The State Services Commission is about to embark on a job search for one of the most prestigious jobs in the public service, the next head of the Ministry of Foreign Affairs and Trade following the resignation of John Allen.

Mr Allen's term has been extended once and it was due to finish in July. His decision to leave early is because he has accepted a job as chief executive of the Racing Board which is responsible for all racing and betting in New Zealand.

He is a most certainly to get a pay rise from the $600,000 he earns now. The last chief executive of the Racing Board earned $960,000.

The investigation by John Whitehead into Mfat's handling of the Malaysia diplomat affair has not been completed and played no part in his early departure.


Mr Allen, formerly the chief executive of NZ Post, was the first non-diplomat to be appointed head of the ministry and oversaw a controversial restructuring.

With that change project over and with New Zealand set to begin a two-year term on the UN Security Council in January, it is more likely than not that the job will go to a diplomat or a former diplomat than to another outsider.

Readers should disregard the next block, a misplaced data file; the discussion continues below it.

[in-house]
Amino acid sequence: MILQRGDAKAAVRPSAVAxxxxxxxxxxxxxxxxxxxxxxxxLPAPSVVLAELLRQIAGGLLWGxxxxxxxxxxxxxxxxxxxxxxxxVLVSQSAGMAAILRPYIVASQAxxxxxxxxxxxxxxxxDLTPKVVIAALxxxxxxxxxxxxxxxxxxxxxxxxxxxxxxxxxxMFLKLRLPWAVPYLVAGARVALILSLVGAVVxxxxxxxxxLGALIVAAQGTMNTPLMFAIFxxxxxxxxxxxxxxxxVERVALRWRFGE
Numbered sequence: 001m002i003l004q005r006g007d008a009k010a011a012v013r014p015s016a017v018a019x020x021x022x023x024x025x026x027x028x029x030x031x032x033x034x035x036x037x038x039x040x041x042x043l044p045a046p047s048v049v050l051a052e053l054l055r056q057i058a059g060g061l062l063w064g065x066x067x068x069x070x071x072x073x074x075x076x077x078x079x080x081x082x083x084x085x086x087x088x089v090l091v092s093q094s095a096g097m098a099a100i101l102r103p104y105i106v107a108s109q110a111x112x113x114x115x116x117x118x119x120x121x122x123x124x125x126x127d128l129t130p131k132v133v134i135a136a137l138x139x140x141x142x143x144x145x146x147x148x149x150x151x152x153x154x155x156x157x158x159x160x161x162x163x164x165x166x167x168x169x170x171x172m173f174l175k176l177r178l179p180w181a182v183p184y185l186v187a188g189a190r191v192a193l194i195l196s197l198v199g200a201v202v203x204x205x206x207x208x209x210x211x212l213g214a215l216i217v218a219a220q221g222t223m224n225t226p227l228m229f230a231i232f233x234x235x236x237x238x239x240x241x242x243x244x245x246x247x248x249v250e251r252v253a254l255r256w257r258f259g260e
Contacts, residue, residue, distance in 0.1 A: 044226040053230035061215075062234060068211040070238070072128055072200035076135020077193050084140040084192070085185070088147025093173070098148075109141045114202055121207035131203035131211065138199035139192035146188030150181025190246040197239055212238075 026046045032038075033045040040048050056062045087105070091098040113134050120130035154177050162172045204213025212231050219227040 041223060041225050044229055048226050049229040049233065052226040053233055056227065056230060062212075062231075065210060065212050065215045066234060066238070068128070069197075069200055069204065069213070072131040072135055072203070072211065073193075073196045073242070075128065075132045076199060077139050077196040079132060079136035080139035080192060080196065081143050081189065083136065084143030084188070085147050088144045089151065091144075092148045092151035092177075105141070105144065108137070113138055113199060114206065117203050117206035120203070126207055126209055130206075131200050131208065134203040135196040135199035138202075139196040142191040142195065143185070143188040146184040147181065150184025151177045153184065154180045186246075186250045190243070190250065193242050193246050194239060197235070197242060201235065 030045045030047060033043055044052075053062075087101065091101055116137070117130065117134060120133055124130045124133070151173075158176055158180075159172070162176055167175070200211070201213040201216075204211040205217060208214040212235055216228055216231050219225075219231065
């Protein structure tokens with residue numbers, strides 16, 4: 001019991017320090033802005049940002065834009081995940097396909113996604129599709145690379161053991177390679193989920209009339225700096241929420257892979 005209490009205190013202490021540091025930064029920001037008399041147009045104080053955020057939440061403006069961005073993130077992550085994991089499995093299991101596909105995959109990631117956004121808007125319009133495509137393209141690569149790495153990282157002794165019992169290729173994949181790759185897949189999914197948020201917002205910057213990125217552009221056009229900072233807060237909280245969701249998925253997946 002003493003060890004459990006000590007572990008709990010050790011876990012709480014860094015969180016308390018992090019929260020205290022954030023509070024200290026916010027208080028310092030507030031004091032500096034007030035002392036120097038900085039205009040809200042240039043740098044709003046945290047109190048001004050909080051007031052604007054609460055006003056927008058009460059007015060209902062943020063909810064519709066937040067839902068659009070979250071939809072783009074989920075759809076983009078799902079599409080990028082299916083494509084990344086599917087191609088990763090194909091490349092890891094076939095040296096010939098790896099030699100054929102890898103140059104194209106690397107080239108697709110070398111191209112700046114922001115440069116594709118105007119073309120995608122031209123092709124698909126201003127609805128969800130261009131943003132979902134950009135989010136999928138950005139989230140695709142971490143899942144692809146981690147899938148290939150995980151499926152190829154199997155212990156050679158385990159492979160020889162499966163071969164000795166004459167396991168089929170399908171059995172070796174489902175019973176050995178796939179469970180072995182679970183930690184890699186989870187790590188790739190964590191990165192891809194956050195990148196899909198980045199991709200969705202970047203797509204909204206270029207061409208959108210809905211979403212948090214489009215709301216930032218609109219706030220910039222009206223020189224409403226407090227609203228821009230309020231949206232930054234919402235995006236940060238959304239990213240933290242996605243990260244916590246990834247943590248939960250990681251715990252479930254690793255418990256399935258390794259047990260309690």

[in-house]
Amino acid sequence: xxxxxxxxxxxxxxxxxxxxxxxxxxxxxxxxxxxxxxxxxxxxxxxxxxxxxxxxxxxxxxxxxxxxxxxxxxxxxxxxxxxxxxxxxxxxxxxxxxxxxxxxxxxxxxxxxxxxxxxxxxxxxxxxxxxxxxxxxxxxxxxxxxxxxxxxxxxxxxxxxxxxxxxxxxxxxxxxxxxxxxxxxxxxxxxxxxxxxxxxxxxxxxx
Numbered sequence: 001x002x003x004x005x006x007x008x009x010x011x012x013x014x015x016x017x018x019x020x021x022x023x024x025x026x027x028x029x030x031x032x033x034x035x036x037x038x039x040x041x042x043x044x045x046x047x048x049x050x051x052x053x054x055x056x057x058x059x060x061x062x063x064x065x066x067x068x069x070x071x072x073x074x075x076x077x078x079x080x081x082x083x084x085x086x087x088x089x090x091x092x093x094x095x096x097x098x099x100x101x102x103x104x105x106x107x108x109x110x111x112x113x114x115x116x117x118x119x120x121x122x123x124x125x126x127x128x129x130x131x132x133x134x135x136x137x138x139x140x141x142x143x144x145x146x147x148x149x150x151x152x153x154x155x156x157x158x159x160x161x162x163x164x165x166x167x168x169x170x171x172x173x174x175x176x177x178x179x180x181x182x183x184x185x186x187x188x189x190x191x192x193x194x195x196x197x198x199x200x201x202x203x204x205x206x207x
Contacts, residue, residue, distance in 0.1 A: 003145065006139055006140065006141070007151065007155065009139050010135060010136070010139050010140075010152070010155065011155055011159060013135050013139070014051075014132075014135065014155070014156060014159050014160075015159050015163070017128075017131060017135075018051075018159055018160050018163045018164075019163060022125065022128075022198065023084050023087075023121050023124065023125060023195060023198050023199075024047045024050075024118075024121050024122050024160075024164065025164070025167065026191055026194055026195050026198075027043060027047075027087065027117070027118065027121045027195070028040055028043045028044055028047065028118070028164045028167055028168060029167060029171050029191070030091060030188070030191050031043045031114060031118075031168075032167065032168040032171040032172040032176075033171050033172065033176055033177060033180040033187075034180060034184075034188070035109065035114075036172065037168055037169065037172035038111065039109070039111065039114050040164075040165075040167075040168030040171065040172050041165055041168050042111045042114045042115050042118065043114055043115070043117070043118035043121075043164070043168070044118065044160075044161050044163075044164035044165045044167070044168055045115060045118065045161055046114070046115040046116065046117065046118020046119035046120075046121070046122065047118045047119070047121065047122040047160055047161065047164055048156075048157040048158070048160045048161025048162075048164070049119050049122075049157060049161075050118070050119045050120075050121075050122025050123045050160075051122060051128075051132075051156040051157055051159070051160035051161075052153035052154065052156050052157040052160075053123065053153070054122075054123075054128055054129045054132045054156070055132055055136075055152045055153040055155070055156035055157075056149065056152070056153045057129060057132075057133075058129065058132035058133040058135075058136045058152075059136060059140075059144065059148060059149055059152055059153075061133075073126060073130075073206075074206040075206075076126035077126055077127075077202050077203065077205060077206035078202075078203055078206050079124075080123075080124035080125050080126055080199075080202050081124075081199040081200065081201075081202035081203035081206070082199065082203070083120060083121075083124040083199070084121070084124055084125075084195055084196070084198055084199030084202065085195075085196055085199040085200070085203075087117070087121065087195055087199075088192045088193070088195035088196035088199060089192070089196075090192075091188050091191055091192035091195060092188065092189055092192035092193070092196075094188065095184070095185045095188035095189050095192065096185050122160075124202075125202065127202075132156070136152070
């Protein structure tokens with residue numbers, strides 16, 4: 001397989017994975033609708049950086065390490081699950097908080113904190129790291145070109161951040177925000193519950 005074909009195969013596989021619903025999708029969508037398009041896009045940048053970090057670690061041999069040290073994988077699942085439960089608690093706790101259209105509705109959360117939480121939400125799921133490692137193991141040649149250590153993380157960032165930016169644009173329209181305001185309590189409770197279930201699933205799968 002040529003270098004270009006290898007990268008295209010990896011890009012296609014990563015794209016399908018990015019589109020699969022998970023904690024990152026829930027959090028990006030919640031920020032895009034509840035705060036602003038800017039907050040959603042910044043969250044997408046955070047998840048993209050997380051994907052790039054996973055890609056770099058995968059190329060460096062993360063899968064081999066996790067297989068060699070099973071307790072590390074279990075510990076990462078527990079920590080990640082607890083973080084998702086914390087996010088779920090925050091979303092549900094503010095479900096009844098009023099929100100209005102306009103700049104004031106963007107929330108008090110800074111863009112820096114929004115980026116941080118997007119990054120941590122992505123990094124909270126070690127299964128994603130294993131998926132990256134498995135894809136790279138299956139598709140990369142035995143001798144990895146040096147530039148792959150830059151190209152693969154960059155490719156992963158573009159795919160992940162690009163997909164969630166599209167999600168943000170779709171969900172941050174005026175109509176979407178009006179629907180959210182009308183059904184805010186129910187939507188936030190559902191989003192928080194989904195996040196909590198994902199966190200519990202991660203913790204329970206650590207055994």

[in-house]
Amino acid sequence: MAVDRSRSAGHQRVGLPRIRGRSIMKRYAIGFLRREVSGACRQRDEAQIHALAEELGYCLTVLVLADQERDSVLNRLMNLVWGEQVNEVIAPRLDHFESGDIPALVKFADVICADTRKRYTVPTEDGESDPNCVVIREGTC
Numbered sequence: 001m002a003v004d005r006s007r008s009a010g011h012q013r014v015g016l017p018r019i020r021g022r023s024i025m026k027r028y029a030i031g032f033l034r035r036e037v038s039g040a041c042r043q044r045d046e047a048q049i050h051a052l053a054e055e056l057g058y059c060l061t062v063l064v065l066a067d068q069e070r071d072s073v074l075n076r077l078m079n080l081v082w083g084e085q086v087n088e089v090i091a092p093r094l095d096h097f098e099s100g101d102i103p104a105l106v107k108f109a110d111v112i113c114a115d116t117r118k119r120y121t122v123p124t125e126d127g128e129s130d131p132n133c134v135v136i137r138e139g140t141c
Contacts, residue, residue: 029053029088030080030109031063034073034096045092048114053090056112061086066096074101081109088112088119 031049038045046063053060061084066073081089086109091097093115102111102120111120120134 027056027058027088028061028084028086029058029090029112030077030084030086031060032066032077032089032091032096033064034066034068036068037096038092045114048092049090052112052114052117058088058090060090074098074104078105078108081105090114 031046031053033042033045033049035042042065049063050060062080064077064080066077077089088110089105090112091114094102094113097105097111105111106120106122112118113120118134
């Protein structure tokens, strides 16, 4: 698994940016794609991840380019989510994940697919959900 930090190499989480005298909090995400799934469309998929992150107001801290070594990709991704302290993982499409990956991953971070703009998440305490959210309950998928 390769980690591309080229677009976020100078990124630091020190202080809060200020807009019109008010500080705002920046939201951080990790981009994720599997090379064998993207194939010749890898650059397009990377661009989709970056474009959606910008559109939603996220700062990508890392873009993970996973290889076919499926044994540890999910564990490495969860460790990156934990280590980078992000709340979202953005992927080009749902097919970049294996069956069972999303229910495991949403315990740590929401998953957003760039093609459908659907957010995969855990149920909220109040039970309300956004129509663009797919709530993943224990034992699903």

Among the names that could be interested in the job will be former diplomat Sir Maarten Wevers although since leaving his job and head of the Department and Prime Minister, he has been involved more in governance work such as chairing the Earthquake Commission.

Another former diplomat likely to apply is Brook Barrington, a former ambassador who went on to become deputy secretary of Defence and is now deputy secretary at the Ministry of Justice.

Current Mfat staffers who may be in the picture include John McKinnon, a former Secretary of Defence, but he is about to take up his second stint at Ambassador to China in January; Chris Seed, the High Commissioner to Australia, Amanda Ellis, New Zealand's ambassador to the Geneva office of the UN; and Deputy Secretary Gerard can Bohemen, a key figure in New Zealand's campaign for the Security Council seat.

Mr Allen said in a statement he was proud of his achievements at Mfat.

"The ministry has been modernized and is in great shape to serve the interests of New Zealand."

It had been a particular highlight to complete his service after the Security Council win.


Foreign Minister Murray McCully said Mr Allen had created a ministry that was more modern and effective.

Labour's foreign affairs spokesman, David Shearer, said putting a non-diplomat at the helm had been "an experiment worth running" but Mr Allen had carried out what Mr McCully wanted which was to down-size foreign affairs significantly.

"Unfortunately that meant that many of the middle tier or people in foreign affairs, the people who are up and coming and promising, left as a result of the restructuring."

It had had a huge affect on the morale at the ministry and its ability cope into the future.

He believed Mr McCully would want somebody again ''to do his bidding and who wont run off independently".